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Jacob Zuma: You must tell his story correctly

22 September 2016

The first time I listened to President Jacob Zuma, then the Deputy President of the Republic, he was being interviewed on the challenges of the secondary economy relative to the advanced first economy and what is needed to provide support structures for this economy to progress and begin its upward mobility into the first economy.

I was aware, like most South African that this man had not gone to school so listening to him articulate these economic matters was very pleasant. It would be Pallo Jordan who would put this matter more skilfully, that despite all the reservations that may be there about the uneducated President Zuma, you must always remember that whatever he knows, he taught it himself.  

Picture courtesy of Flickr Creative Commons

There I concluded that given the vision of an economically transformed country envisaged, Zuma was fully equipped to take us into the next phase of the National Democratic Revolution. We were fresh off 10 years of economic growth which was characterized by a jobless growth which was not really transformational. The goal was clear, and in achieving this goal of Economic Transformation, we were not going to continue the false lull of substituting Economic Transformation with Economic Growth, that was a false delusion we could no longer afford to sell. Economic growth was not a necessary condition for Economic Transformation. We already had an economy, it was unequal, racially polarized and it needed serious and real transformation up and down its spectrum.  

The democratic state had to take the lead in the transformation of our economy away from the fetters of the past, which constrains growth and development. Economic transformation is very much a key element for greater growth as more people come into the mainstream economy empowered by ownership and a willingness to work. It turns out Economic Transformation does not only make moral sense, it also makes economic sense.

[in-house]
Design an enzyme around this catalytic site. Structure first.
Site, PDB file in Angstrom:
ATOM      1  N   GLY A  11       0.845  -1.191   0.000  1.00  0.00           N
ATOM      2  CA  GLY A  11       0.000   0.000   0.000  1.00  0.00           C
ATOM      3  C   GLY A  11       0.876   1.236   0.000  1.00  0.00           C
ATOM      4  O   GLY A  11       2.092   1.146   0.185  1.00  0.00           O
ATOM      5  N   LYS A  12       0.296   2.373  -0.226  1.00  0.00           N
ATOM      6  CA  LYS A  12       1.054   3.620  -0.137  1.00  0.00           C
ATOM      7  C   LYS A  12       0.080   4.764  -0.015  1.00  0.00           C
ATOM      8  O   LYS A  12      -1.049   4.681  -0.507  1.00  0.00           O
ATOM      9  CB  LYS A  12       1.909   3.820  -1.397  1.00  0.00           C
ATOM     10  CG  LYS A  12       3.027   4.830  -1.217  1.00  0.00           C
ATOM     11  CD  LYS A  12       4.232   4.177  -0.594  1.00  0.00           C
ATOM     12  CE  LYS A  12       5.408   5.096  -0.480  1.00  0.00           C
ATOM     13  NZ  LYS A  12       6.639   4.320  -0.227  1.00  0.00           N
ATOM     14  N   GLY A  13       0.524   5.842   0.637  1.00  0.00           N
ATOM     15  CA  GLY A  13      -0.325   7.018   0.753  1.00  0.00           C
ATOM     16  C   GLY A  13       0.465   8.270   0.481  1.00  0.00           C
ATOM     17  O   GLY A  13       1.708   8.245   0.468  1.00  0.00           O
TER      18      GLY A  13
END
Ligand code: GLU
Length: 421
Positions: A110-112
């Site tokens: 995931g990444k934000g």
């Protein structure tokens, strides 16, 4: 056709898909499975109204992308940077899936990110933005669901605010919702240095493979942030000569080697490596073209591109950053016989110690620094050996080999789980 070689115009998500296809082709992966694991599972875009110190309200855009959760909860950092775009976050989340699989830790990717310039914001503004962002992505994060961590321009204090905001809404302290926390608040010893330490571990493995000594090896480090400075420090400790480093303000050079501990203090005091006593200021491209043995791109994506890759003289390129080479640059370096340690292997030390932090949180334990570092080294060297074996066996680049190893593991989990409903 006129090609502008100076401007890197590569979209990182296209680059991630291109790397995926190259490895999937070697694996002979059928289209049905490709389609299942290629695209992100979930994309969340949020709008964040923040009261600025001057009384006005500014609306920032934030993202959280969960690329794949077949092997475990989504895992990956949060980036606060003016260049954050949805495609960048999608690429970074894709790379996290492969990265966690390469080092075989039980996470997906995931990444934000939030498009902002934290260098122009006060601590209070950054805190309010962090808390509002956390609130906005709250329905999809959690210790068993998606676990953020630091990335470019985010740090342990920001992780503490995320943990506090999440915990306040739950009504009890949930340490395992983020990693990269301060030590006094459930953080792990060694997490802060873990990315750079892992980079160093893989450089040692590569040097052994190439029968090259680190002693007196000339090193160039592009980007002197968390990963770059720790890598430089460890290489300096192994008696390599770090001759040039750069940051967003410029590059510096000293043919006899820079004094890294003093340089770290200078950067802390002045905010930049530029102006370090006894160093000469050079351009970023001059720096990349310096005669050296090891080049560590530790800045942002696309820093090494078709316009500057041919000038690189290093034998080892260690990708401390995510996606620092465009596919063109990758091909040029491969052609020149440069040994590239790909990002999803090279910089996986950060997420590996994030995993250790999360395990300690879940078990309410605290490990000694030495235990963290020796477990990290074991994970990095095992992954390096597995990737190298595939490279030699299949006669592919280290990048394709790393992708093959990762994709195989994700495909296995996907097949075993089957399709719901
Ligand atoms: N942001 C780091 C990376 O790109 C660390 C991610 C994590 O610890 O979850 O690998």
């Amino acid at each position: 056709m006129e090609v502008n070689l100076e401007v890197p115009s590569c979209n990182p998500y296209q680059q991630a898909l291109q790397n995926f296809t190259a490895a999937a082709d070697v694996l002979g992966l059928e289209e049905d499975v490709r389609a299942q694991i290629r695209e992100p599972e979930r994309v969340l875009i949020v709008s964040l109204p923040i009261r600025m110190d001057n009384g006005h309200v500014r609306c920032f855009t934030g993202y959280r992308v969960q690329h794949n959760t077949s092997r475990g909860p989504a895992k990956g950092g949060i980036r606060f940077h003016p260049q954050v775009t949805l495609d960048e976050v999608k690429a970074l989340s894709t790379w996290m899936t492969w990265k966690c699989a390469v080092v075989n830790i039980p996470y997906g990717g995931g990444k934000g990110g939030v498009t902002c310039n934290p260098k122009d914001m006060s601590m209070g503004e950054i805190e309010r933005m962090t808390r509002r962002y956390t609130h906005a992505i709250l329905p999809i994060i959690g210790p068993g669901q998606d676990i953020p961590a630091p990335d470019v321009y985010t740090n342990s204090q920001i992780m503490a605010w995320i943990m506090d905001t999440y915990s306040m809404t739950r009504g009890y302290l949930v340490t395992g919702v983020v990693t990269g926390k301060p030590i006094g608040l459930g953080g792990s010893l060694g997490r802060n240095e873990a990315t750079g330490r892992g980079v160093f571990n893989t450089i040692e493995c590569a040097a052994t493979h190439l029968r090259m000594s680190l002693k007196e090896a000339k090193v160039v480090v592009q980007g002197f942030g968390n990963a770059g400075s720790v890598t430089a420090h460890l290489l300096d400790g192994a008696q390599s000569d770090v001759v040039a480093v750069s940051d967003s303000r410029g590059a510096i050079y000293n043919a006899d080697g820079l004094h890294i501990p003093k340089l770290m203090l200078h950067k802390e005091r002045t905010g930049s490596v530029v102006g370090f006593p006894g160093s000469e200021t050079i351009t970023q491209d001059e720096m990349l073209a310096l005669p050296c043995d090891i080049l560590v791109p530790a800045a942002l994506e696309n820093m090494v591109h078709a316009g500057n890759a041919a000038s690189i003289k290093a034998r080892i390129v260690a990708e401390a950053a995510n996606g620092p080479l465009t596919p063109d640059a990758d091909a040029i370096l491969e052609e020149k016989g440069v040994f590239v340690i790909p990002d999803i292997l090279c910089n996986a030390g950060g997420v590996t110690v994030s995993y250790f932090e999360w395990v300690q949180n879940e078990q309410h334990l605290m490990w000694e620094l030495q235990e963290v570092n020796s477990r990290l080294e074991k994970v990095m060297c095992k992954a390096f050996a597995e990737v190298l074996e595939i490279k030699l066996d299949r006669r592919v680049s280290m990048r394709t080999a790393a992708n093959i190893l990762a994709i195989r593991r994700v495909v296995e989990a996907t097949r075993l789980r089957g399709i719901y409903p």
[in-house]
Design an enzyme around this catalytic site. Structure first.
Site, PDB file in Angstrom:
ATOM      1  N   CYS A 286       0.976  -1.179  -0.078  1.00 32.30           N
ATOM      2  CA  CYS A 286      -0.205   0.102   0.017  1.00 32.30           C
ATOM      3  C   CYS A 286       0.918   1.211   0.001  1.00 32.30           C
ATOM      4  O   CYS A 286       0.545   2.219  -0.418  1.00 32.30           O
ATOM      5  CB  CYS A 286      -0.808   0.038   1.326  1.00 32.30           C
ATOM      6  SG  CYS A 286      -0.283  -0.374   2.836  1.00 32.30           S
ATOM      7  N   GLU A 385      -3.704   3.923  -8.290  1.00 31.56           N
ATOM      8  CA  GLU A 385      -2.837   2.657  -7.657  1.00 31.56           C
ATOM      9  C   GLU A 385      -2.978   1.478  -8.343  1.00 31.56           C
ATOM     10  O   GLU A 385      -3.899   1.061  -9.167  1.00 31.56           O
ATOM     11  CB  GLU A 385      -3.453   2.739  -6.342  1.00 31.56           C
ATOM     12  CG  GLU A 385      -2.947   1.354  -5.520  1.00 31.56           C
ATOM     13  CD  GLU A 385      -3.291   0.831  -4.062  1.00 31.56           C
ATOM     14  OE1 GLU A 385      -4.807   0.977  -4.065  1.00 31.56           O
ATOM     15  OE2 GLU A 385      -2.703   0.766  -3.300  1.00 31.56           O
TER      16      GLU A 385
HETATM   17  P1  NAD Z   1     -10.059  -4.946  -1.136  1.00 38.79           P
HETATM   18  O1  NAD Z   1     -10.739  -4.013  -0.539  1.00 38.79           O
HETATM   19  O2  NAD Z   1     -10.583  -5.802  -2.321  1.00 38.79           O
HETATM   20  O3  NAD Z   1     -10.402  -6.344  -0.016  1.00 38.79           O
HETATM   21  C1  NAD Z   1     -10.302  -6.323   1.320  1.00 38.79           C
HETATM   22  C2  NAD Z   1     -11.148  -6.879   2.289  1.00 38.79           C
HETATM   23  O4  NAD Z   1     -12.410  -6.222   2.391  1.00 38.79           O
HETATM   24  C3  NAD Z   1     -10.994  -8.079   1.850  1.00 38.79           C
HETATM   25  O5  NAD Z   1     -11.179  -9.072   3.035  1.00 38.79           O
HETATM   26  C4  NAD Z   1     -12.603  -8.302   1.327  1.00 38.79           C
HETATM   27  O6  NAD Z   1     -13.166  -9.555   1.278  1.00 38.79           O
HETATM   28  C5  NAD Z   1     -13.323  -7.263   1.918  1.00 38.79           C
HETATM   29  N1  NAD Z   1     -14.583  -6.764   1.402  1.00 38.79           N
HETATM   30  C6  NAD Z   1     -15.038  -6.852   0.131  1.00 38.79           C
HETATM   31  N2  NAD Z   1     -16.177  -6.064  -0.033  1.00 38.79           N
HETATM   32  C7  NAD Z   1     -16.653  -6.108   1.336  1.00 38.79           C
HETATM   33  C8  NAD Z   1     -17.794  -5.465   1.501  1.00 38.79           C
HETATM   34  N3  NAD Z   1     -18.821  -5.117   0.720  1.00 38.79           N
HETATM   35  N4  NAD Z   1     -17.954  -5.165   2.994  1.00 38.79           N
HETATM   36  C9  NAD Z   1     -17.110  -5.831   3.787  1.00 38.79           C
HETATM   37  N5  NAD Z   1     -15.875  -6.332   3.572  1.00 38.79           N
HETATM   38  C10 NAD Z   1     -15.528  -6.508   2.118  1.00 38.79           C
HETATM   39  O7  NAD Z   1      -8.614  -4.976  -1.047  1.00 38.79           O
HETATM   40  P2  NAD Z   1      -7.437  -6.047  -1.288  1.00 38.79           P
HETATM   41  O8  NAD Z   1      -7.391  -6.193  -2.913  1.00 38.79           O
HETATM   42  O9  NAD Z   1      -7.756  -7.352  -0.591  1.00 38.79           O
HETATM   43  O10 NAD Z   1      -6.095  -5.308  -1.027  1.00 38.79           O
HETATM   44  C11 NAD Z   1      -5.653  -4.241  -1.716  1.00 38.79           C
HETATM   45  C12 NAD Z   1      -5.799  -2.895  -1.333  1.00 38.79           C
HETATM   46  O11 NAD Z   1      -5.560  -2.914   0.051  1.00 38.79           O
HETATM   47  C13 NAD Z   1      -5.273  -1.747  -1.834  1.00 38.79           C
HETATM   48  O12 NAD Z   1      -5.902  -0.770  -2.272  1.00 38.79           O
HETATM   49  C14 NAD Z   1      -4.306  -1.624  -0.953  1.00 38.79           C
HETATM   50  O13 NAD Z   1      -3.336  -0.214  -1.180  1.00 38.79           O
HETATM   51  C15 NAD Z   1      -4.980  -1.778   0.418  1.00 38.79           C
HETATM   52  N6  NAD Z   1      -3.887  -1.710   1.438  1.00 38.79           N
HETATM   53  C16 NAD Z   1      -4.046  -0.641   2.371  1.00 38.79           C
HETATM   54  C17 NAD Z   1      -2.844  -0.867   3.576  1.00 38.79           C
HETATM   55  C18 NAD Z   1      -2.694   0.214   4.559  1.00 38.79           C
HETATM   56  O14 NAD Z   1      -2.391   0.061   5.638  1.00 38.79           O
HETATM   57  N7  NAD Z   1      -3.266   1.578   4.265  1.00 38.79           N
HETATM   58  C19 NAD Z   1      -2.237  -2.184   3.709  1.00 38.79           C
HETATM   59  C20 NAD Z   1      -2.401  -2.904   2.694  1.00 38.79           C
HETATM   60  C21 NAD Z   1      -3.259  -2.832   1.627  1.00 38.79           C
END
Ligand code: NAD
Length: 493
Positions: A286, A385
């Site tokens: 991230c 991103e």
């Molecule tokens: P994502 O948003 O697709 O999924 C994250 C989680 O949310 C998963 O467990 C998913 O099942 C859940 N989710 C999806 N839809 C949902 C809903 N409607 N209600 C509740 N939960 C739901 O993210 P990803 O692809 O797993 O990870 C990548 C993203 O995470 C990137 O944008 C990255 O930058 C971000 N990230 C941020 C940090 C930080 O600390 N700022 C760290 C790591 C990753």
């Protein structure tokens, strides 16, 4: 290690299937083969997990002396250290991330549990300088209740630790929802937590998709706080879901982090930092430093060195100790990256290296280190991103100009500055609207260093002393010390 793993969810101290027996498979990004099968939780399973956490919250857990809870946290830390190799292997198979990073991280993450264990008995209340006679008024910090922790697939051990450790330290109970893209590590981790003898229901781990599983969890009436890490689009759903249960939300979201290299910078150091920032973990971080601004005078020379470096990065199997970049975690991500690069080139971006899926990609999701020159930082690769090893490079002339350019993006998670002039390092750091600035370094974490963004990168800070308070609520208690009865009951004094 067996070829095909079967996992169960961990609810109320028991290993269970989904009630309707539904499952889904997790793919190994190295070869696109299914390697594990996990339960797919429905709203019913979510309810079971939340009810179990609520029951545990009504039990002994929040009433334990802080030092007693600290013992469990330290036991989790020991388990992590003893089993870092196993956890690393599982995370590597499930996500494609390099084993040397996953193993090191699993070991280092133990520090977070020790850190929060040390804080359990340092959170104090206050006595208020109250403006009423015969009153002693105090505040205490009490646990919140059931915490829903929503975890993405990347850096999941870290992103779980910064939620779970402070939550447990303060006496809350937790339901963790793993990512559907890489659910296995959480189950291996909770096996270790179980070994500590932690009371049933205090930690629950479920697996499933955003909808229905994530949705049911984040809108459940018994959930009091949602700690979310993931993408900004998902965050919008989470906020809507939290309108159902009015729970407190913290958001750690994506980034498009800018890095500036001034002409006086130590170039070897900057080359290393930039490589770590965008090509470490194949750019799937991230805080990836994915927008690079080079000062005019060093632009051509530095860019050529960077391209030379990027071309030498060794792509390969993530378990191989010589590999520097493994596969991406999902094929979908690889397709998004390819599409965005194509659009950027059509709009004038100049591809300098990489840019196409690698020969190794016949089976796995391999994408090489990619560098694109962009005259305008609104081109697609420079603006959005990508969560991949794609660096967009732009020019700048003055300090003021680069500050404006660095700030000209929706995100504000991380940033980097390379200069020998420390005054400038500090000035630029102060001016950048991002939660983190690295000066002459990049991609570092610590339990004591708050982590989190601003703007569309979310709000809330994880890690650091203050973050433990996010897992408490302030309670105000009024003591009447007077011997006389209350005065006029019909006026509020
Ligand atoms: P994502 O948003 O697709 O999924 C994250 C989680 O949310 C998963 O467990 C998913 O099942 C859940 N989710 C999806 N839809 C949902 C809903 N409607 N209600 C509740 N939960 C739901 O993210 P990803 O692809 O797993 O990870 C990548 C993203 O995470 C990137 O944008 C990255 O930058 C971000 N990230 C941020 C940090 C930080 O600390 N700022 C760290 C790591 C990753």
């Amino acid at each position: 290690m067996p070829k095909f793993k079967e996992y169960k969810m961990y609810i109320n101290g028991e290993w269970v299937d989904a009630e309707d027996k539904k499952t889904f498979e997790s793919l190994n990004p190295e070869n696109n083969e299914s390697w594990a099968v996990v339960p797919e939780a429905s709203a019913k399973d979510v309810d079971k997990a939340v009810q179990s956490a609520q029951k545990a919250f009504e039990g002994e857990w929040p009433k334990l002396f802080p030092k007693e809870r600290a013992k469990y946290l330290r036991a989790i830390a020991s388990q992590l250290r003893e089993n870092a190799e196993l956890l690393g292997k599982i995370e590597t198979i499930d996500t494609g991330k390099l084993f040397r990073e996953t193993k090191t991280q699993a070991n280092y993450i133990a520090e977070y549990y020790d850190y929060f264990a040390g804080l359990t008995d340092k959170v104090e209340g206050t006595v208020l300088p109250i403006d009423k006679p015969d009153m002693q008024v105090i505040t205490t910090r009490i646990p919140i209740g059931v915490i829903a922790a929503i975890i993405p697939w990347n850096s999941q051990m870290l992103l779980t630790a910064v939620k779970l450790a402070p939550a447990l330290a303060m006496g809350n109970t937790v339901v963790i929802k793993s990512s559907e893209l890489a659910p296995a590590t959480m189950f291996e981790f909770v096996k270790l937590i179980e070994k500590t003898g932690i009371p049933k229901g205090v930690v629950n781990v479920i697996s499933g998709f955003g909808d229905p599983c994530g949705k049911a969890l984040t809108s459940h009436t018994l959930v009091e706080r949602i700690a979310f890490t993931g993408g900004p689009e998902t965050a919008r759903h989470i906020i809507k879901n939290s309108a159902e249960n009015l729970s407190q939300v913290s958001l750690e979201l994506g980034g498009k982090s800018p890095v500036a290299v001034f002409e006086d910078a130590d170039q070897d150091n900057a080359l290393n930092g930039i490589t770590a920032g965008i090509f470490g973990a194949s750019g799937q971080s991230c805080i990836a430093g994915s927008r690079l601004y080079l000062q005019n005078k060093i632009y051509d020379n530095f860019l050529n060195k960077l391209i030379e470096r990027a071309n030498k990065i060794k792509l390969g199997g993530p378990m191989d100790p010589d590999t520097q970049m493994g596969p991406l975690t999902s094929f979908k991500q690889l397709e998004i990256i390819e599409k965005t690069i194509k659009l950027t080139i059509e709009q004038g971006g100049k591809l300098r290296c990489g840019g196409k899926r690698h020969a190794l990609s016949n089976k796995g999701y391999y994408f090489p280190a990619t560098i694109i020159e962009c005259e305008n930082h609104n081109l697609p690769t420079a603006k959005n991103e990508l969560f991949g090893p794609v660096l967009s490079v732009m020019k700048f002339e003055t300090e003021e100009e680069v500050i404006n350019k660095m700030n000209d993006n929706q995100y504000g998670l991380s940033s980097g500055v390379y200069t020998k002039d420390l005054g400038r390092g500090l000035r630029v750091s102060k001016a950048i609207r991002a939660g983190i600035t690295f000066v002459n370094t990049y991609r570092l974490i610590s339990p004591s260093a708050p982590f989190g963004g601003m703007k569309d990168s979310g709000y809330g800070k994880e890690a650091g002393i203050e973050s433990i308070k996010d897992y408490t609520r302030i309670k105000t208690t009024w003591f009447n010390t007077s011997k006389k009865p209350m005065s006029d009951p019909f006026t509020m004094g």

There can be no dispute that Zuma's government has been dedicated to this Economic Transformation. There has been a sustained and substantial investment in economic and social infrastructure, built with methods with a bias towards labour intensive technologies.There has been an increasing of the access of the masses of the people to physical resources, particularly land, housing and community infrastructures.

Poverty reduction and eradication through job creation, skills development and budget interventions to increase the social wage, bearing in mind our limited means; Affirmative action, broad based black economic empowerment and other interventions designed to fast-track the inclusion of the previously marginalized in the mainstream economy and simultaneously transform the structure of the economy; Cooperative movements have been built, as well as the Developmental Micro-Finance movement in order to make a key contribution to the popular mobilization of our people for economic liberation. Mobilizing our communities in general, and targeted groups in particular - women, institutions working with children, people with disabilities, the youth and the elderly - to take up the black economic empowerment opportunities and to help us achieve the broad based development we seek.


This has not been enough for sure and many interventions may not have yielded the desired results. However the overall conclusion on transformation over the last 7 years has been that of a great leap forward.